ECONYL® is an innovative luxury Italian nylon made from waste (such as fishnets and carpet fiber) that uses no new resources and is infinitely recyclable. Webbing detail for handles and straps are landfill destined materials from the automotive and aviation industries in Canada.
Lined with REPREVE® twill, made from polyester waste in the U.S. Producing locally reduces our carbon footprint from transport as well as protecting the local economy. Hardware is also made locally.
All 457 ANEWproducts are guaranteed for a minimum of a year after which you may exchange into our Last Beyond You Program. Guarantee/Minimum time required before making use of the Last Beyond You Program : 2 years for bags.
ECONYL® water repellent twill fabric made from discarded fishnets and carpet fiber waste
Belt webbing upcycled from the automotive and aviation industries in Canada
YKK METALUXE® zippers
Lined with REPREVE® twill, made from polyester waste
Signature hardware detail made from Quebec aluminum
Signature rubber patch detail (interior)
Adjustable straps and grab handle
Interior laptop compartment
Exterior and Interior zipper pockets
Appx 12" length x 16" high x 4.5" width
Made in Canada
This item is ready to ship. Packages come directly from each designer and therefore may arrive from multiple locations, taking varying times to deliver.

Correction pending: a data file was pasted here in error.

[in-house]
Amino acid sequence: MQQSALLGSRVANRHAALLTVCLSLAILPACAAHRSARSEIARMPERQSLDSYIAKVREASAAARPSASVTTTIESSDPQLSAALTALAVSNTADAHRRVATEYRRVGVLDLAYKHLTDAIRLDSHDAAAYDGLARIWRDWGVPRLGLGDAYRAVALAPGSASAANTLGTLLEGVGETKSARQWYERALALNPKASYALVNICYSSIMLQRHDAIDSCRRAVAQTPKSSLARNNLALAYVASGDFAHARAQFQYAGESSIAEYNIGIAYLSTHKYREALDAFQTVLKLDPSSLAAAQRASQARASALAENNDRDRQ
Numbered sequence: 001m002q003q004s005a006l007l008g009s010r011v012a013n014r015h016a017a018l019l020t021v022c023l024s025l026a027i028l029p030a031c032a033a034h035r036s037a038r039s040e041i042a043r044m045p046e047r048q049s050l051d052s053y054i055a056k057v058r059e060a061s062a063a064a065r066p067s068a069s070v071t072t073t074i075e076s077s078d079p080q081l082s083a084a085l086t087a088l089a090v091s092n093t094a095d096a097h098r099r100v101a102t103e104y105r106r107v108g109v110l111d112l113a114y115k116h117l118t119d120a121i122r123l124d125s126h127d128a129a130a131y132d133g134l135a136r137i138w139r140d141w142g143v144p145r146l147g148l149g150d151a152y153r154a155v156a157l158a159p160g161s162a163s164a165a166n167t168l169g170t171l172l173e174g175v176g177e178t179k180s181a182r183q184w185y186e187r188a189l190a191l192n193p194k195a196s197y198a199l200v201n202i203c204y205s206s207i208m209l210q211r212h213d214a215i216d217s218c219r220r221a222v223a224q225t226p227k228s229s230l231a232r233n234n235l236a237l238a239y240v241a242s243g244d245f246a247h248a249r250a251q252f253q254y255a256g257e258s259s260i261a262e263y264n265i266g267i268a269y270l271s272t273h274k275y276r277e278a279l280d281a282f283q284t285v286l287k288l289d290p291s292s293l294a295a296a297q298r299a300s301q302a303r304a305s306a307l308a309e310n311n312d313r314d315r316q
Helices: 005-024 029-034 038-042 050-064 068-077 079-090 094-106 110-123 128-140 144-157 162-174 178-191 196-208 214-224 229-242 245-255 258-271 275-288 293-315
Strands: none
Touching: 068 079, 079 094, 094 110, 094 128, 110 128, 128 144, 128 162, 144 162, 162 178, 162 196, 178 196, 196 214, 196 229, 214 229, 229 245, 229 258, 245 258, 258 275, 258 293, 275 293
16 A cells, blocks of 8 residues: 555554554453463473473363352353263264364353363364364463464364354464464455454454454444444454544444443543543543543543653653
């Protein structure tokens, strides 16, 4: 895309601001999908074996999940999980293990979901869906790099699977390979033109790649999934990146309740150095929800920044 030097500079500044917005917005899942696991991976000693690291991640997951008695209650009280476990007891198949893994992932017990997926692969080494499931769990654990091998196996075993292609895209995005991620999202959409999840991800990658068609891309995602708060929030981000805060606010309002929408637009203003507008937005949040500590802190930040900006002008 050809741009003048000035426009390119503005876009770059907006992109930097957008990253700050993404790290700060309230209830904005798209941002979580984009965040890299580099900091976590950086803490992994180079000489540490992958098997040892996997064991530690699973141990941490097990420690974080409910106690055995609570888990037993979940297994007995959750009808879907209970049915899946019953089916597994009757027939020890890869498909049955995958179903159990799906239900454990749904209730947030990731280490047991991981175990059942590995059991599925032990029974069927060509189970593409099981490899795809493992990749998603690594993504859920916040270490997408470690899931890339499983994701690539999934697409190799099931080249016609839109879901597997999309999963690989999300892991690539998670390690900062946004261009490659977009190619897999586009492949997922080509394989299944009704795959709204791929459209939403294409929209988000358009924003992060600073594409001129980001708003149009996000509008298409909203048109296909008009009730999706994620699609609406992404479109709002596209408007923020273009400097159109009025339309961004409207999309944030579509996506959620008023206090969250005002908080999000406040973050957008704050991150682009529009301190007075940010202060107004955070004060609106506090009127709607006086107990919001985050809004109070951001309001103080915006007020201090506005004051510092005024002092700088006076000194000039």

Inder Bedi began his journey at the crossroads of fashion and sustainability in 1995 with his founding of MATT & NAT. His new brand 457 ANEW launched in 2020 represents a return to local production in Canada with a focus on slow fashion.
Handmade from plants, landfill and ocean waste, Inder Bedi and his team have spent years researching and developing 457 ANEW's line of outerwear, knits, and bags. The hardware is custom made locally and 1% of sales are donated to Plastic Oceans to protect our shores in Canada.
The numbers 457 were constantly appearing when developing his latest venture. Growing up around numerology, Inder was intrigued to discover that when combined they defined a spiritual path. He would later realize the numbers also represent the years that his children were born – 2004, 2005, 2007, his inspiration for a more sustainable future.